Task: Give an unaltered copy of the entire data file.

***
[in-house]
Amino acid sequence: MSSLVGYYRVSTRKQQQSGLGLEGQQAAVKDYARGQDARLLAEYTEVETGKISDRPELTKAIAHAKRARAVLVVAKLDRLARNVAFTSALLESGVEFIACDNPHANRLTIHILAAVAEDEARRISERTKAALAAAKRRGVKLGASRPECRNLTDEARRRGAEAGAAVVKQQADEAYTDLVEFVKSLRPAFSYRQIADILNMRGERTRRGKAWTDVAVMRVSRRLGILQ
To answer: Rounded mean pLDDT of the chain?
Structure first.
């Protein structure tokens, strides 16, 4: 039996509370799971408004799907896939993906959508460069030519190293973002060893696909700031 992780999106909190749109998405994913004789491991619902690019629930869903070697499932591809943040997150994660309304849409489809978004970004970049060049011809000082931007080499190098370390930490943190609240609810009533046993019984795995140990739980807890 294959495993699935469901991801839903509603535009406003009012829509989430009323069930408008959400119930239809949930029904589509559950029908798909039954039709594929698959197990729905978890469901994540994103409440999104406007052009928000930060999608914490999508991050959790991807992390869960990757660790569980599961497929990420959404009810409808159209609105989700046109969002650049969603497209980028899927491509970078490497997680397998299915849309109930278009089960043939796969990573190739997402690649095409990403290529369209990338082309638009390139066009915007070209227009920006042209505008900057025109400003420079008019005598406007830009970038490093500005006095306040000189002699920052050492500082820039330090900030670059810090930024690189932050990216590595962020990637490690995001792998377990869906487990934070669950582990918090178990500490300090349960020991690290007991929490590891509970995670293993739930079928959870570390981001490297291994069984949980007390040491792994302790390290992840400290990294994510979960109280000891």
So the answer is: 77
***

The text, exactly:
[in-house]
Amino acid sequence: MSSLVGYYRVSTRKQQQSGLGLEGQQAAVKDYARGQDARLLAEYTEVETGKISDRPELTKAIAHAKRARAVLVVAKLDRLARNVAFTSALLESGVEFIACDNPHANRLTIHILAAVAEDEARRISERTKAALAAAKRRGVKLGASRPECRNLTDEARRRGAEAGAAVVKQQADEAYTDLVEFVKSLRPAFSYRQIADILNMRGERTRRGKAWTDVAVMRVSRRLGILQ
To answer: Rounded mean pLDDT of the chain?
Structure first.
């Protein structure tokens, strides 16, 4: 039996509370799971408004799907896939993906959508460069030519190293973002060893696909700031 992780999106909190749109998405994913004789491991619902690019629930869903070697499932591809943040997150994660309304849409489809978004970004970049060049011809000082931007080499190098370390930490943190609240609810009533046993019984795995140990739980807890 294959495993699935469901991801839903509603535009406003009012829509989430009323069930408008959400119930239809949930029904589509559950029908798909039954039709594929698959197990729905978890469901994540994103409440999104406007052009928000930060999608914490999508991050959790991807992390869960990757660790569980599961497929990420959404009810409808159209609105989700046109969002650049969603497209980028899927491509970078490497997680397998299915849309109930278009089960043939796969990573190739997402690649095409990403290529369209990338082309638009390139066009915007070209227009920006042209505008900057025109400003420079008019005598406007830009970038490093500005006095306040000189002699920052050492500082820039330090900030670059810090930024690189932050990216590595962020990637490690995001792998377990869906487990934070669950582990918090178990500490300090349960020991690290007991929490590891509970995670293993739930079928959870570390981001490297291994069984949980007390040491792994302790390290992840400290990294994510979960109280000891």
So the answer is: 77